1. In a large, deep frying pan, heat the oil over moderately high heat. Season the chicken with 1/4 teaspoon each of the salt and pepper and add to the pan. Cook until browned, turning, about 8 minutes in all. Remove. Pour off all but 1 tablespoon fat from the pan.
  2. Add the butter to the pan and reduce the heat to moderately low. Add the onion and cook, stirring occasionally, until translucent, about 5 minutes. Raise the heat to moderately high. Add the mushrooms, garlic, and 1/4 teaspoon of the salt. Cook, stirring frequently, until the vegetables are browned, about 5 minutes.
  3. Add the flour and cook, stirring, for 30 seconds. Stir in the vermouth and bring back to a simmer. Stir in the broth, tomatoes, thyme, and the remaining 1/2 teaspoon salt. Add the chicken and any accumulated juices. Reduce the heat; simmer, covered, until the chicken is done, about 10 minutes. Stir in the parsley and the remaining 1/4 teaspoon pepper.

très bon vendredi à tous, Leeann x

Wednesday, 21 January 2015

work in progress...

Bonjour mes belles,

It is chilly here in SW France but no snow as yet. It is perfect weather for staying indoors and I have started recovering another chair for the house that we are in the process of restoring. 

The fabric is a lovely rich taupe chenille and I purchased 40 metres so my plan is to cover a few chairs for the bedroom and then use the rest for curtains.

I am not a sewer but we are lucky enough to have a fabulous curtain maker in the village so will be contacting her in due course.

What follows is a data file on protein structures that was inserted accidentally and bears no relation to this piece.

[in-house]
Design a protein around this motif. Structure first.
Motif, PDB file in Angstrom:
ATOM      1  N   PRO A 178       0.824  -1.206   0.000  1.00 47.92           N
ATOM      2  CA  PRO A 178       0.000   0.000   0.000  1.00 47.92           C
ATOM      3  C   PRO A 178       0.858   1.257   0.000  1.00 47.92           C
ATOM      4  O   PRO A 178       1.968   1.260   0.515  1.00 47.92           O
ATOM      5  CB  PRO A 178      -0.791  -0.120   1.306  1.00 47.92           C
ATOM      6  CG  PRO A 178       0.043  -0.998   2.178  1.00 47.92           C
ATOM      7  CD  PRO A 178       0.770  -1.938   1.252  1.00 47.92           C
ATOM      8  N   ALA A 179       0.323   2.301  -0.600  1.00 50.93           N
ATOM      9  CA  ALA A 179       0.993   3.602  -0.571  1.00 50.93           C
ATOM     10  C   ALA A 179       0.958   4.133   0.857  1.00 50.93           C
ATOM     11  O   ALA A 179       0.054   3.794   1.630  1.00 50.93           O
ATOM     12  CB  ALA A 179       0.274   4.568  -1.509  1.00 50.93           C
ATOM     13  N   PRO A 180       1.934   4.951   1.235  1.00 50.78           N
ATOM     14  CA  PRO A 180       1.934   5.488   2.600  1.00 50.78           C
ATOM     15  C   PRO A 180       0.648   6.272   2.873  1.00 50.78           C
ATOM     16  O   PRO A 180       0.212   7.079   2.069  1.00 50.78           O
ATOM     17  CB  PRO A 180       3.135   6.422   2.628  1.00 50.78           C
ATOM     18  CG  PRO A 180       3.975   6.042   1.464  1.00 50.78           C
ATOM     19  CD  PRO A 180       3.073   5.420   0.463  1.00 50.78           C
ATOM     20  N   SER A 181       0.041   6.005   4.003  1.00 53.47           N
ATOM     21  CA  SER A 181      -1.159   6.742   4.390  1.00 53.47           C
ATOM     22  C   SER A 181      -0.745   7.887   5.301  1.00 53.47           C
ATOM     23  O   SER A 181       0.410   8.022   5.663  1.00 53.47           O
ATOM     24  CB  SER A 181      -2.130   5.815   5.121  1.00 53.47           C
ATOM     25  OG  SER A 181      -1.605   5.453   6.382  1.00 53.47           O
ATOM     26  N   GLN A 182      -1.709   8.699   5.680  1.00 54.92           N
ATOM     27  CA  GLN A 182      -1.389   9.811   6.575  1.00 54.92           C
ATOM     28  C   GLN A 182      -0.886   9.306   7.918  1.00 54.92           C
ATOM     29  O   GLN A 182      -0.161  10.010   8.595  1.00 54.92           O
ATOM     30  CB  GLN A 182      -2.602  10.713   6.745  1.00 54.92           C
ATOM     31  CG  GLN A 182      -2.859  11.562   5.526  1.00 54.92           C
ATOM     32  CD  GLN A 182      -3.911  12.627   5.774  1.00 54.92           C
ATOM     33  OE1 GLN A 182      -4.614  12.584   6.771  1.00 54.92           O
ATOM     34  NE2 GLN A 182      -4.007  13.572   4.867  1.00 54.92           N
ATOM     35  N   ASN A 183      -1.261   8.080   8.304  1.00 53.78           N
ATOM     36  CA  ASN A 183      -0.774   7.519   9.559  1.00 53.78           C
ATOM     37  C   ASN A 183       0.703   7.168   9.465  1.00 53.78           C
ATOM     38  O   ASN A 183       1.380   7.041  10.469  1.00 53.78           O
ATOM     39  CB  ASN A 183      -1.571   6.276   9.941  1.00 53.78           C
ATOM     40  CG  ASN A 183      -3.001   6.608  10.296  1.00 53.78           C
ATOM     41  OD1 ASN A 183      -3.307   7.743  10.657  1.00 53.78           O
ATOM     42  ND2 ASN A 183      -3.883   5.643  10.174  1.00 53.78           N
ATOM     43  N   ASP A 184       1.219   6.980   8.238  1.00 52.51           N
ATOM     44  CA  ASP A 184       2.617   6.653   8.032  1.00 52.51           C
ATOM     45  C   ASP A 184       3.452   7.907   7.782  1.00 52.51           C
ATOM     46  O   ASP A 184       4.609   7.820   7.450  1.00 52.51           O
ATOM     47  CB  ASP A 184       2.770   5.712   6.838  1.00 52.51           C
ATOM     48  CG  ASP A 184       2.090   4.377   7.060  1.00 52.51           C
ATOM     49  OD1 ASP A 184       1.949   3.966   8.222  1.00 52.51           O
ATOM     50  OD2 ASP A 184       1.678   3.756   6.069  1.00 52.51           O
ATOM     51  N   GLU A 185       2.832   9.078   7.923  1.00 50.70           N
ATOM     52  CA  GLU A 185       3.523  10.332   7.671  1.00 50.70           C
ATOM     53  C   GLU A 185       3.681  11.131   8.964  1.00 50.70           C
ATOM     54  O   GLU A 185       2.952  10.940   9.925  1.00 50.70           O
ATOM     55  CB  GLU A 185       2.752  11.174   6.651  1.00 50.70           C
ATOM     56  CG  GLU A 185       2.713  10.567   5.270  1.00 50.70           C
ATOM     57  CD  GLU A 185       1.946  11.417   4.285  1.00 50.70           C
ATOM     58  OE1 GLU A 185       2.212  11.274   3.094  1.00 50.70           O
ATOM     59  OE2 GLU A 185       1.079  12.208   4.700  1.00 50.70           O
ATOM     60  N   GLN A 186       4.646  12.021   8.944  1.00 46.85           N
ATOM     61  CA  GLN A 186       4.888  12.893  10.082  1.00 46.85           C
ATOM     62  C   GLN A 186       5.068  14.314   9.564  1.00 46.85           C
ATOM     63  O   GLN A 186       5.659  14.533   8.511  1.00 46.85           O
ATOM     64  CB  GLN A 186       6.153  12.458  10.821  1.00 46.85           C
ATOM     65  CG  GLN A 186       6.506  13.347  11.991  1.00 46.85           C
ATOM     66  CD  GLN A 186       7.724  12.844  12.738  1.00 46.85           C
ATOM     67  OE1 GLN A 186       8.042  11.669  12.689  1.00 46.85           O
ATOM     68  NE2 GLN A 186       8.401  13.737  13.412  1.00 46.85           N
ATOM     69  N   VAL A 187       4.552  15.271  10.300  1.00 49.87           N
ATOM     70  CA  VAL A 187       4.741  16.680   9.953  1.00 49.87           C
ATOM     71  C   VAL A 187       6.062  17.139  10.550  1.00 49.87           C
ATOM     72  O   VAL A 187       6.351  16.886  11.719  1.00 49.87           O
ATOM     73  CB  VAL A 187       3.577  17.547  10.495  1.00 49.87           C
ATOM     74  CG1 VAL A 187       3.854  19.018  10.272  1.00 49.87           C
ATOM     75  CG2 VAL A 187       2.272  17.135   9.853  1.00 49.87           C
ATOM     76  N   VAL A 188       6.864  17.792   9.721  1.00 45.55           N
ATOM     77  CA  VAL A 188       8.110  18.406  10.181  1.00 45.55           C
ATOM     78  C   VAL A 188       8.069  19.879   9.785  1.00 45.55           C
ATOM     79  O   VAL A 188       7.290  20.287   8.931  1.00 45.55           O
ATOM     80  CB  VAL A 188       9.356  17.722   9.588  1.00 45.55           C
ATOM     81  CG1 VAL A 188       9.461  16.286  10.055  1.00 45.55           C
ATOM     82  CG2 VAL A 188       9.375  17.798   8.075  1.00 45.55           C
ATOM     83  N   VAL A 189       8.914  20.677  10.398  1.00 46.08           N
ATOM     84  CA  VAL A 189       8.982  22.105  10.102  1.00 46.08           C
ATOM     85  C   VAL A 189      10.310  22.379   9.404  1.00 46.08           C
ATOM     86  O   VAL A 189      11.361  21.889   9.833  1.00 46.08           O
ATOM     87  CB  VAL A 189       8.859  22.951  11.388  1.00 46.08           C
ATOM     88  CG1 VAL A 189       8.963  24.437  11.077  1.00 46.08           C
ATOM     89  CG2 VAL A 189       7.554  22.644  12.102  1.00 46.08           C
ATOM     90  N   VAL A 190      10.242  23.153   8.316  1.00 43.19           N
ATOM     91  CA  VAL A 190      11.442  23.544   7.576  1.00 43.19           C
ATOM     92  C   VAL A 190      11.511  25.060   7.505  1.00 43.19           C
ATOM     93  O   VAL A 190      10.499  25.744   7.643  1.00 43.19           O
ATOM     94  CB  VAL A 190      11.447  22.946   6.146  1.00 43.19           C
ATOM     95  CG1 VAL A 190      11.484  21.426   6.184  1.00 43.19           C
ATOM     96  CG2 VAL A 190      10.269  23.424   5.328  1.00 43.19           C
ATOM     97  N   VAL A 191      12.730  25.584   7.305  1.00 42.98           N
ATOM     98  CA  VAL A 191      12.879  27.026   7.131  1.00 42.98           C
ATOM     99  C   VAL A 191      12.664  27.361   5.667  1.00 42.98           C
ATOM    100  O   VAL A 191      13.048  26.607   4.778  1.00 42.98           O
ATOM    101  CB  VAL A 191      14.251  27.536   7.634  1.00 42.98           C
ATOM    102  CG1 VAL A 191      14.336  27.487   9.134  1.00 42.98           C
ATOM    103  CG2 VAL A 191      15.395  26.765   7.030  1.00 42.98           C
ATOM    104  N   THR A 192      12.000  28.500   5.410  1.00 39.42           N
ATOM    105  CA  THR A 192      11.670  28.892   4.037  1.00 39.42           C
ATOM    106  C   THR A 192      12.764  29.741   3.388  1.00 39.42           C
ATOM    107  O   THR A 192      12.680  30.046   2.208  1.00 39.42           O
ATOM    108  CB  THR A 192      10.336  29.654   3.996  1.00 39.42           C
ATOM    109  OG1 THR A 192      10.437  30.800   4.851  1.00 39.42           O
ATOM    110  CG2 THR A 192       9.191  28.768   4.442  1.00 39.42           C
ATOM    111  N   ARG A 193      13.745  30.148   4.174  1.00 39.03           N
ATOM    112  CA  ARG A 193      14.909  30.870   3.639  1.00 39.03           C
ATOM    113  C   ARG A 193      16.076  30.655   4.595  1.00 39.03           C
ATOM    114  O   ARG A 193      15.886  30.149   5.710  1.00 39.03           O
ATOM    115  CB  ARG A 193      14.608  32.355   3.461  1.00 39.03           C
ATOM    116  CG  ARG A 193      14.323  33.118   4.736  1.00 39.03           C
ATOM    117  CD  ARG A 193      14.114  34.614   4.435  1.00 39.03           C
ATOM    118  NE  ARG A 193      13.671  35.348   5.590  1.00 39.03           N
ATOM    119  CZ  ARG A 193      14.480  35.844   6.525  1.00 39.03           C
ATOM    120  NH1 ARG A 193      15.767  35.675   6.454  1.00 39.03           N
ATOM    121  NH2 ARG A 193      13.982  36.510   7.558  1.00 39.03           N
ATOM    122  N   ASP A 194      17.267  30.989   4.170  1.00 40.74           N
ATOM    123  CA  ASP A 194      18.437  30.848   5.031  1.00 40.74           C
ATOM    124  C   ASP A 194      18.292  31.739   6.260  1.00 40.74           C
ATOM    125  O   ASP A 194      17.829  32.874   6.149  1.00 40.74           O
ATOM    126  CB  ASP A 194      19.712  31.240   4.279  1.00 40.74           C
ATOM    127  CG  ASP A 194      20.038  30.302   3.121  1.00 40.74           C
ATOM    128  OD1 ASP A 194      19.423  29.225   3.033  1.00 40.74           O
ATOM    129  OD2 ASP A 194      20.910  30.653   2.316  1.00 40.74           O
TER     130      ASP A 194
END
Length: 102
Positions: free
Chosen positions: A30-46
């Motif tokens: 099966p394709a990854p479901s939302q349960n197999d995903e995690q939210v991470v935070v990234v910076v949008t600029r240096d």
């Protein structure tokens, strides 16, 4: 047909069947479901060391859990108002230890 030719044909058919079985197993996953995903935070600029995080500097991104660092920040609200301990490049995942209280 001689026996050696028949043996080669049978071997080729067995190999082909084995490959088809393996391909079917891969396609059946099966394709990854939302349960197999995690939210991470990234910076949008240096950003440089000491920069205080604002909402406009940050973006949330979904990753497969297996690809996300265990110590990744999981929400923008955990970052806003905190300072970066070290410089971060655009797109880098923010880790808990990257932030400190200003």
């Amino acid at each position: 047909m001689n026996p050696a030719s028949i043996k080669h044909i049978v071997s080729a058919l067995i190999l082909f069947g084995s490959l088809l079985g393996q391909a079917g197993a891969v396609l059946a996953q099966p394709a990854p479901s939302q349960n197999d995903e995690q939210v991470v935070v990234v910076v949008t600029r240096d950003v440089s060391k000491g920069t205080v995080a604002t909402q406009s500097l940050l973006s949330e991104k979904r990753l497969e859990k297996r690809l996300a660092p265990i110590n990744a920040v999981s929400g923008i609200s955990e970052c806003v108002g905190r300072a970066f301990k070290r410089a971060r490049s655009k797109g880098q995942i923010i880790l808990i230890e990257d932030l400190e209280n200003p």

This time I remembered to take a before shot so that you can see the difference. The thing that I really love about old furniture is that it is solid unlike a lot of the furniture these days which looks great but is often flimsy and breaks easily.
I painted the chair frame in Annie Sloan country grey which is becoming one of my favourite colours.
I apologise for the quality of these photos as the light is not great this morning but I wanted to show you what I am working on.
à demain, Leeann x

Monday, 19 January 2015

in one word...

photo from here
WOW! What a fabulous photo to start a fresh week....
Leeann x

Friday, 16 January 2015

French Food Friday...Le Crumble

photo and recipe from here

Bonjour mes belles,

Le crumble is a great dessert that the French have adopted courtesy of Angleterre and you will find in on a lot of French restaurant's menus.

This week's recipe was created by the fabulous Raymond Blanc and makes for an easy yet very yummy dessert and goes nicely with a boule of vanilla ice-cream.


For the crumble topping
120g Butter, unsalted, cold, cut in to 2cm pieces
120g Plain flour
60g Caster sugar
60g Demerara sugar
For the pear & ginger compote
20g Water
80g Caster sugar
60g Unsalted butter
600g Pears, ripe, cored, diced 2-3cm
5g Ginger grated


Planning ahead
You can prepare the crumble topping 1 day in advance and the pears can be cooked ready to be baked with the crumble topping.
Making the crumble
Pre-heat the oven to 200ºC. In a large bowl, with your fingertips, rub the softened butter into the flour and sugar for about 4 minutes until the mixture forms a light breadcrumb texture (*1). Sprinkle the crumble topping on an oven tray and cook in the pre-heated oven to lightly colour for 15minutes. Remove and reserve (*2).
For the pear & ginger compote
In a large saucepan (26cm) add the water then the sugar so it slowly absorbs and becomes a syrup.  On a medium high heat, cook the syrup to a very pale blond caramel (*3). Add the butter, the apples and cook for 6-8 minutes (*4), stir in the ginger, pour in to a gratin dish (*5) and leave to cool.
Final cooking Serving
Top the cooled fruit with the crumble mix (about 1cm thick) and bake in the oven for 10 minutes.  Serve with vanilla or cinnamon ice cream.

...très bon vendredi à tous, Leeann x